The Year We Saved $10K, If Mortgage Payments Count
Having $10,000 in savings seems like a ton of money—to me, anyway, and probably to many others—but the way that my husband and I “saved” that amount of money was a lot less glamorous and might, technically, not be savings.
My husband and I assumed homeownership was not possible until a few years into marriage, but when we looked at the housing market in the town where we wanted to live, we realized it was really quite achievable. While nearby Cincinnati homes average $160,000, houses go for between $70,000 and $100,000 dollars in our neighborhood; even the nice, historic neighborhood next door regularly has houses going for $150,000 or less.
When the dust cleared after our mortgage, closing, and move-in, we realized that the house cost less than the rent on either of our past one-bedroom apartments. Yes, over the past two years we’ve run into unexpected repairs and maintenance that ran up that monthly cost, but we were nervous: what if we got out of practice with paying normal rates for rent? What if we wanted to move and had established a lifestyle based on having a very low payment? It seemed reasonable to take precautions in case our next location someday didn’t afford us so cheap a living.
After reading about how automatic savings helps people save more, we wanted a way to not have to “decide” how much to pay on the house every month. So we lied to ourselves and pretended our monthly mortgage payment was $1,000 more than it actually was. Our mortgage has no pre-payment penalties, so we were free to eat away at the principal as fast as we could. This year alone, we just passed the $10,000 dollar mark in extra payments.
This worked astoundingly well. Some months we had to scale our payments back a bit when big repairs or bills came in, but we made up for it by trying to pay more when there was room in the budget to do so. At the rate we’re going, we could end up paying for a whole (extremely inexpensive) house in four years.
There are a few advantages of having $10K in liquid savings rather than in home equity; while home equity loans exist, we don’t want that to be the way we get this $10K back. The only time we plan to “use” our home equity is if/when we move elsewhere. At that point, we anticipate that pretty much any housing market will have us paying almost double for less house than we have now, so we already know that our whole home value will only make a giant down payment on a future place.
Having $10K in liquid savings would be really nice as an emergency fund, but we already have one of those. (No, it doesn’t have $10K in it, but it has enough for emergencies.) And, because we don’t have a lot of anticipated large expenses coming up, putting money into a non-liquid form of savings that will most likely hold much of its value—like a house—is a nice way to restrict our spending by denying us access to that money.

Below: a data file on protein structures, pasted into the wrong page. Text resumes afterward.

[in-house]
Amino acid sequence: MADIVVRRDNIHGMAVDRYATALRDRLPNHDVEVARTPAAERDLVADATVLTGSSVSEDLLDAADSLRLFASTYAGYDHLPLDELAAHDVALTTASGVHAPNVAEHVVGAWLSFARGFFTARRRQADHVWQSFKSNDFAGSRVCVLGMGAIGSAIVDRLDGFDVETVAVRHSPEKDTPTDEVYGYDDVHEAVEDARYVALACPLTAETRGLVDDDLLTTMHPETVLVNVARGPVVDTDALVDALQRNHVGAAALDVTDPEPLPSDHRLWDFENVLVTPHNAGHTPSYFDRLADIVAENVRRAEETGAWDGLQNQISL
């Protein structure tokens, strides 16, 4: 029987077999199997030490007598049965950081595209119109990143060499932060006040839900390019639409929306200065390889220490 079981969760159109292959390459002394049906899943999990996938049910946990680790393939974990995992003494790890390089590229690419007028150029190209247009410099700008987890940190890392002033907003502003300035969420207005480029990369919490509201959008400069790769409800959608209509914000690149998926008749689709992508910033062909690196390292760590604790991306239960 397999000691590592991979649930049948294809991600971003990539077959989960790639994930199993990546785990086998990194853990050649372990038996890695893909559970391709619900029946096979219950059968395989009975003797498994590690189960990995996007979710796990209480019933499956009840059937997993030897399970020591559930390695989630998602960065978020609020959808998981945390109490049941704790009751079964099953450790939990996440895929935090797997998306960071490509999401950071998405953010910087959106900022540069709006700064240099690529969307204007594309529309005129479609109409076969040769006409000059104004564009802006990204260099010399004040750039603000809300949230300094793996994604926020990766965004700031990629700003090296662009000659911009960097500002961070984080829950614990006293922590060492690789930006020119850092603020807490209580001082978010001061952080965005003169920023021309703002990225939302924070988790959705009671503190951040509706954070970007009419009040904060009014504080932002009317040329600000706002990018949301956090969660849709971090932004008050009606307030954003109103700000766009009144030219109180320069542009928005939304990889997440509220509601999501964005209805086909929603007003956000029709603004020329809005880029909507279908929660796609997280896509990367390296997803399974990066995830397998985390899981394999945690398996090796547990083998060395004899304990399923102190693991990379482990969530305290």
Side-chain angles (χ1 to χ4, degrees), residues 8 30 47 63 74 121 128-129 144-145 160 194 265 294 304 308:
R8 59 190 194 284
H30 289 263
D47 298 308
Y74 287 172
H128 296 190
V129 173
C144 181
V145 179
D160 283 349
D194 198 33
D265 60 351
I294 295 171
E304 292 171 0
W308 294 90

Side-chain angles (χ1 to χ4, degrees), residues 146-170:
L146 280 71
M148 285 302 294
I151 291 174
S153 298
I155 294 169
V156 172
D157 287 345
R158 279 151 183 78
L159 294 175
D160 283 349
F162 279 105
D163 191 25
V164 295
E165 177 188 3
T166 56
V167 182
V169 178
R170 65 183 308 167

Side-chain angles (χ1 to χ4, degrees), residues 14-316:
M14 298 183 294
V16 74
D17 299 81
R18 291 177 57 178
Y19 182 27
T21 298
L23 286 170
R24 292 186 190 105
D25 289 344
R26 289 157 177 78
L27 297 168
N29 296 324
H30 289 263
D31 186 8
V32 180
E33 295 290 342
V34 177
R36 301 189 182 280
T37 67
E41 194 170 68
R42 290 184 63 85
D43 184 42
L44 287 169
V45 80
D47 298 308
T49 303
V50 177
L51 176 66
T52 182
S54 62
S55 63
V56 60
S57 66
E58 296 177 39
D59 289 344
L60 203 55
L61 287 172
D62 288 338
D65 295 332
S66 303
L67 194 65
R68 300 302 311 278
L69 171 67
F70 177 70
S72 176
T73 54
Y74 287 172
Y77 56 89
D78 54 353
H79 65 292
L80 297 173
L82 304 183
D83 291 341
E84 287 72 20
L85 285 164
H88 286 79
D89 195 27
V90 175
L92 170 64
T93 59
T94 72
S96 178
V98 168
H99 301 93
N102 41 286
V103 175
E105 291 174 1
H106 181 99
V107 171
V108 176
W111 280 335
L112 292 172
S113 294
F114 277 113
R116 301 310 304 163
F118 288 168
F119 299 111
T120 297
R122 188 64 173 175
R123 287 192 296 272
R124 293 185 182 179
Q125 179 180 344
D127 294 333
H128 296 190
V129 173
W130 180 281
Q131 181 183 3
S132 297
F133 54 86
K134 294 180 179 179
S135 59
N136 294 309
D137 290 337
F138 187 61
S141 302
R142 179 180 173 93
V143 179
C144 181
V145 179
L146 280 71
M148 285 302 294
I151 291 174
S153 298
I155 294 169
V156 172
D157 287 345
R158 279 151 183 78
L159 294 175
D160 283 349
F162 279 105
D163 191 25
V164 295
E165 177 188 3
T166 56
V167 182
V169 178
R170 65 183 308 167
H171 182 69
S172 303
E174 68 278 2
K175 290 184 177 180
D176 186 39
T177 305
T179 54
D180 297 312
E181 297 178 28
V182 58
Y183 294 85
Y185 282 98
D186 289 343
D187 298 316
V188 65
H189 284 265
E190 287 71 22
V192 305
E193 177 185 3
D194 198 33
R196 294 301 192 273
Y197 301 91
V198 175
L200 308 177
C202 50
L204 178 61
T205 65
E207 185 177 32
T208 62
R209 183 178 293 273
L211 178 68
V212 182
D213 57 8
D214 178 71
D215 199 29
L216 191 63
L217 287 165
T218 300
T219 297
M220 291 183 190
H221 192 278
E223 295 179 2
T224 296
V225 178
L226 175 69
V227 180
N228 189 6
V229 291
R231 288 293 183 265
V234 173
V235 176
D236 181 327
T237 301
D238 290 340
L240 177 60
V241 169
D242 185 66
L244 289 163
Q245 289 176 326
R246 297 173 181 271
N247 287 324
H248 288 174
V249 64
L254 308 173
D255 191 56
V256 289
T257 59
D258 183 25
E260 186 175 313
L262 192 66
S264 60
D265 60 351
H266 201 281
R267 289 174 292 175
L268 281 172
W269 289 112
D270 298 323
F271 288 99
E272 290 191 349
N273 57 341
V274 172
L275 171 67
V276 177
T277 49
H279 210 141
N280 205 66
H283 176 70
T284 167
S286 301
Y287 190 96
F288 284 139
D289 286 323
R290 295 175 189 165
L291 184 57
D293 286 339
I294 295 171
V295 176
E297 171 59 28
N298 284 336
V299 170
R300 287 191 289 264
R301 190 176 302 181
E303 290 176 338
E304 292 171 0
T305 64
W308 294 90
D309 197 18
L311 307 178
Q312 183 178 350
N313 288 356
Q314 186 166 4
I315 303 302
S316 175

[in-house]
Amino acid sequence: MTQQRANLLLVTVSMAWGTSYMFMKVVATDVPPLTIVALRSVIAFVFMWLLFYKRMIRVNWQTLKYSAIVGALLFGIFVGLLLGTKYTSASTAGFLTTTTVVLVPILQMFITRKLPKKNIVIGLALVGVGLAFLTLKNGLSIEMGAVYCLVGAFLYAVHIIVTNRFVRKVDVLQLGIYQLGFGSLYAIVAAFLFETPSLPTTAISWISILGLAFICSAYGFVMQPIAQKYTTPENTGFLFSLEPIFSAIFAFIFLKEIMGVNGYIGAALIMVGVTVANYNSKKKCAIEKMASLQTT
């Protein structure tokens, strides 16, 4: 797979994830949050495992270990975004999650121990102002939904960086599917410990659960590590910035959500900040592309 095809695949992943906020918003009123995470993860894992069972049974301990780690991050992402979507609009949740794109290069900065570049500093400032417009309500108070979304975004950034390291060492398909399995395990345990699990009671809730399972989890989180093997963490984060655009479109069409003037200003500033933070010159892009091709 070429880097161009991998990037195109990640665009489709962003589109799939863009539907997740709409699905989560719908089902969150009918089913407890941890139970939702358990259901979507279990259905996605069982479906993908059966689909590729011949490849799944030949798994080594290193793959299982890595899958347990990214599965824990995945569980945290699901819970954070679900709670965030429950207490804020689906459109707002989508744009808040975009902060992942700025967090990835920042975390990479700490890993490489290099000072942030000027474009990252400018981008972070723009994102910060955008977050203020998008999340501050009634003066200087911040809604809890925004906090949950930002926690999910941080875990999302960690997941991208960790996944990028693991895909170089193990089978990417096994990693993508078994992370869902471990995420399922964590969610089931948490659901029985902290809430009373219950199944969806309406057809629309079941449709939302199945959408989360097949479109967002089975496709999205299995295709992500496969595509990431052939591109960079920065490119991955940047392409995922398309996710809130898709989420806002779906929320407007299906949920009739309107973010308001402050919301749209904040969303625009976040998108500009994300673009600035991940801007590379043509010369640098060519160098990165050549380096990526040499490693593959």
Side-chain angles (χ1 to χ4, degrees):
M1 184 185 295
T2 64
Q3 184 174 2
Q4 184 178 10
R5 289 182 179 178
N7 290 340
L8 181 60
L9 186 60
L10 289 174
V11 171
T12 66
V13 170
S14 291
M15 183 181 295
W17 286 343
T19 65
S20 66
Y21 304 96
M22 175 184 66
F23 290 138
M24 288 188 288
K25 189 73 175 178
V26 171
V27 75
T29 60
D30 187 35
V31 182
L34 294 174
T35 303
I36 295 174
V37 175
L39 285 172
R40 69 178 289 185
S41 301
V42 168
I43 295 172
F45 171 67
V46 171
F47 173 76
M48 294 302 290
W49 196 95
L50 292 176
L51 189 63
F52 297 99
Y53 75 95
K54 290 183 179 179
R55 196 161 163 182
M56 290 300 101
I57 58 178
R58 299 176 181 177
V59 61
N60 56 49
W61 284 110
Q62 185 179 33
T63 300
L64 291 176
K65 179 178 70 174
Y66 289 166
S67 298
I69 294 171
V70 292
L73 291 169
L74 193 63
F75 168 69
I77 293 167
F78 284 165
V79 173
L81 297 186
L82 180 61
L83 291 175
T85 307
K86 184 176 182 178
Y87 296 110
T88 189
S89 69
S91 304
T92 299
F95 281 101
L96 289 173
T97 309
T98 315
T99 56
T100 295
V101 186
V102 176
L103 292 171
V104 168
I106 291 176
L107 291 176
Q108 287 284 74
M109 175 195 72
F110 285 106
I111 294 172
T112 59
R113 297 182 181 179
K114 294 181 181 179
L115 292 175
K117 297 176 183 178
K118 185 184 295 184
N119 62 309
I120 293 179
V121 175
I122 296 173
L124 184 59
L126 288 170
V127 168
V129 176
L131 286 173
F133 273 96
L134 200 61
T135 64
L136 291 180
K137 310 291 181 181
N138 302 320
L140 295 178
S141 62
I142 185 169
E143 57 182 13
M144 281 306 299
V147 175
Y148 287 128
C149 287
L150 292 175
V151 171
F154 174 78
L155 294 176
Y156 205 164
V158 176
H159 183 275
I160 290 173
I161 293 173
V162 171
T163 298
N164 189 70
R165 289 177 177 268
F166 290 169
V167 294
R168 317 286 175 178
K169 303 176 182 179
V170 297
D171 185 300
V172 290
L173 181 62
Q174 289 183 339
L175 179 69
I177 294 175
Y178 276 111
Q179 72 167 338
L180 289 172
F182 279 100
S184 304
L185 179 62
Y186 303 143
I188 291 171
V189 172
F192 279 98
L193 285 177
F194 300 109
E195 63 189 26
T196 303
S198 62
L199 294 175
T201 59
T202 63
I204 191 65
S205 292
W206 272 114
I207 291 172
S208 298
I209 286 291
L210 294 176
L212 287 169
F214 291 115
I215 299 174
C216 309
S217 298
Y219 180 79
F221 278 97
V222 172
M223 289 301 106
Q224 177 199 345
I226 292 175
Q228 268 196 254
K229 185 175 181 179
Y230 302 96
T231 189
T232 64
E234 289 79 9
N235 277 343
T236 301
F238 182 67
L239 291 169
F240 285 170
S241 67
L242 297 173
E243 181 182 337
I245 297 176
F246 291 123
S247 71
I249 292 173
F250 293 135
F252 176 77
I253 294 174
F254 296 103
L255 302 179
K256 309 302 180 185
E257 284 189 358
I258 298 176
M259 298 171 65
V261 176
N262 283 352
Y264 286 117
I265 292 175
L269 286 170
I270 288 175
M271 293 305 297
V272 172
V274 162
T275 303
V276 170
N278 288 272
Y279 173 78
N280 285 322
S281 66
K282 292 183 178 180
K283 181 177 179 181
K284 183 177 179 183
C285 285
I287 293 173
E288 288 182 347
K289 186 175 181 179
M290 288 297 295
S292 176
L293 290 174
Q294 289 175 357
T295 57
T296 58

Our mortgage is fixed at 3.25 percent, which isn’t bad, as far as I can tell from online research. At the beginning of the process, I saw eliminating debt as a no-brainer: I knew of no way to consistently get a 3.25 percent return on my money using my typical savings strategies. I have since learned that there are plenty of investment strategies that yield more than 3.25 percent over time, so I know that there are ways that carrying a mortgage and putting your money into a high-yield fund of some kind makes more sense. Nicole goes into this much more than I can in her discussions of The Value of Debt.
At the same time, there’s a part of me that feels like I’m just paying rent until I finish the mortgage, as if we don’t really own the house until it’s fully paid off. There is something deeply satisfying about the idea of owning our house outright in a few years and having only a couple hundred dollars a month in taxes and insurance as fixed housing costs. For now, I’m willing to pay the premium of less ROI to experience the feeling of making fast headway on our mortgage.
I know that most mortgages are much larger than ours is, since most towns and cities have much higher property values than ours, so the idea of paying a house off rapidly isn’t feasible in many contexts. However, for the readers who can reasonably pay extra on their mortgage from their discretionary spending, do you choose that or liquid savings or something else? I’m not sure I’d make the same decision again, but after working this hard to get close to a paid-off home, I think we are going to stick with it at least until this purchase is complete.
Laura Marie is a writer and teacher in Ohio. Read more of her work at Messy Mapmaker.
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